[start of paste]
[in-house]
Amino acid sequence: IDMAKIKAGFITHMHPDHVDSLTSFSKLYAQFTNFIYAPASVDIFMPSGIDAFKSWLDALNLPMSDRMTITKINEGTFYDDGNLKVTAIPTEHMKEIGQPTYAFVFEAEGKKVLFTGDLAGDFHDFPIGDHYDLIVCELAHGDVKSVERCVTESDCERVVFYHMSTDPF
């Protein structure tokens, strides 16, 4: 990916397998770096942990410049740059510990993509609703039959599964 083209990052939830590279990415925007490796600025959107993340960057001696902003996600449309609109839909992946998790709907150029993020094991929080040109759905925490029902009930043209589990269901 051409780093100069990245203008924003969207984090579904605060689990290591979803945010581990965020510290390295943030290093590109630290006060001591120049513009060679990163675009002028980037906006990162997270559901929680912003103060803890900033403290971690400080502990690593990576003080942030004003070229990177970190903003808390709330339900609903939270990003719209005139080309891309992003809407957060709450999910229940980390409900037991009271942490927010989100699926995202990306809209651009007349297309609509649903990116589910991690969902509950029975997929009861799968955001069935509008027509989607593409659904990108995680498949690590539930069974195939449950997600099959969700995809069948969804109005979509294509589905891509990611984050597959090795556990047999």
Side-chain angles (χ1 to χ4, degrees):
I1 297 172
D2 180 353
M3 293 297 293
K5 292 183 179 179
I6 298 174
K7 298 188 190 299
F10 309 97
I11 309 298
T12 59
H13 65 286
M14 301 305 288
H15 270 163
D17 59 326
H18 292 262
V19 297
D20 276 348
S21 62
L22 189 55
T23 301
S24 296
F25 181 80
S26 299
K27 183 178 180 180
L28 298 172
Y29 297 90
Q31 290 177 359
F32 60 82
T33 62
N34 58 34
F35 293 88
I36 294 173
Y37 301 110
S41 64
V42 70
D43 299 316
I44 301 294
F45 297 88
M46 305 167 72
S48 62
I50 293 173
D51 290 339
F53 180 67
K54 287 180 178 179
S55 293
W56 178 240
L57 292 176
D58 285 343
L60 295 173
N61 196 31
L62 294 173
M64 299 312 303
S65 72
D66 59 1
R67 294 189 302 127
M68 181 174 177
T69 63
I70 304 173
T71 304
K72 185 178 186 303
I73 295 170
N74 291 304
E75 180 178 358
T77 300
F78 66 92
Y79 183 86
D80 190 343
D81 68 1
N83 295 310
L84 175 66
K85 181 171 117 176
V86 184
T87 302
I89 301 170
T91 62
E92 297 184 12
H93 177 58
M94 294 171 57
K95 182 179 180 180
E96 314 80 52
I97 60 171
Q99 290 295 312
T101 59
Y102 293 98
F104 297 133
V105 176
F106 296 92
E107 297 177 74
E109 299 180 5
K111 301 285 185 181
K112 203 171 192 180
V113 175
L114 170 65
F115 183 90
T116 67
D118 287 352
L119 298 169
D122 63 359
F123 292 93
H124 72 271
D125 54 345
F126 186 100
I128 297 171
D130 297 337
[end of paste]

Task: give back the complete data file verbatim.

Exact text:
[in-house]
Amino acid sequence: IDMAKIKAGFITHMHPDHVDSLTSFSKLYAQFTNFIYAPASVDIFMPSGIDAFKSWLDALNLPMSDRMTITKINEGTFYDDGNLKVTAIPTEHMKEIGQPTYAFVFEAEGKKVLFTGDLAGDFHDFPIGDHYDLIVCELAHGDVKSVERCVTESDCERVVFYHMSTDPF
């Protein structure tokens, strides 16, 4: 990916397998770096942990410049740059510990993509609703039959599964 083209990052939830590279990415925007490796600025959107993340960057001696902003996600449309609109839909992946998790709907150029993020094991929080040109759905925490029902009930043209589990269901 051409780093100069990245203008924003969207984090579904605060689990290591979803945010581990965020510290390295943030290093590109630290006060001591120049513009060679990163675009002028980037906006990162997270559901929680912003103060803890900033403290971690400080502990690593990576003080942030004003070229990177970190903003808390709330339900609903939270990003719209005139080309891309992003809407957060709450999910229940980390409900037991009271942490927010989100699926995202990306809209651009007349297309609509649903990116589910991690969902509950029975997929009861799968955001069935509008027509989607593409659904990108995680498949690590539930069974195939449950997600099959969700995809069948969804109005979509294509589905891509990611984050597959090795556990047999």
Side-chain angles (χ1 to χ4, degrees):
I1 297 172
D2 180 353
M3 293 297 293
K5 292 183 179 179
I6 298 174
K7 298 188 190 299
F10 309 97
I11 309 298
T12 59
H13 65 286
M14 301 305 288
H15 270 163
D17 59 326
H18 292 262
V19 297
D20 276 348
S21 62
L22 189 55
T23 301
S24 296
F25 181 80
S26 299
K27 183 178 180 180
L28 298 172
Y29 297 90
Q31 290 177 359
F32 60 82
T33 62
N34 58 34
F35 293 88
I36 294 173
Y37 301 110
S41 64
V42 70
D43 299 316
I44 301 294
F45 297 88
M46 305 167 72
S48 62
I50 293 173
D51 290 339
F53 180 67
K54 287 180 178 179
S55 293
W56 178 240
L57 292 176
D58 285 343
L60 295 173
N61 196 31
L62 294 173
M64 299 312 303
S65 72
D66 59 1
R67 294 189 302 127
M68 181 174 177
T69 63
I70 304 173
T71 304
K72 185 178 186 303
I73 295 170
N74 291 304
E75 180 178 358
T77 300
F78 66 92
Y79 183 86
D80 190 343
D81 68 1
N83 295 310
L84 175 66
K85 181 171 117 176
V86 184
T87 302
I89 301 170
T91 62
E92 297 184 12
H93 177 58
M94 294 171 57
K95 182 179 180 180
E96 314 80 52
I97 60 171
Q99 290 295 312
T101 59
Y102 293 98
F104 297 133
V105 176
F106 296 92
E107 297 177 74
E109 299 180 5
K111 301 285 185 181
K112 203 171 192 180
V113 175
L114 170 65
F115 183 90
T116 67
D118 287 352
L119 298 169
D122 63 359
F123 292 93
H124 72 271
D125 54 345
F126 186 100
I128 297 171
D130 297 337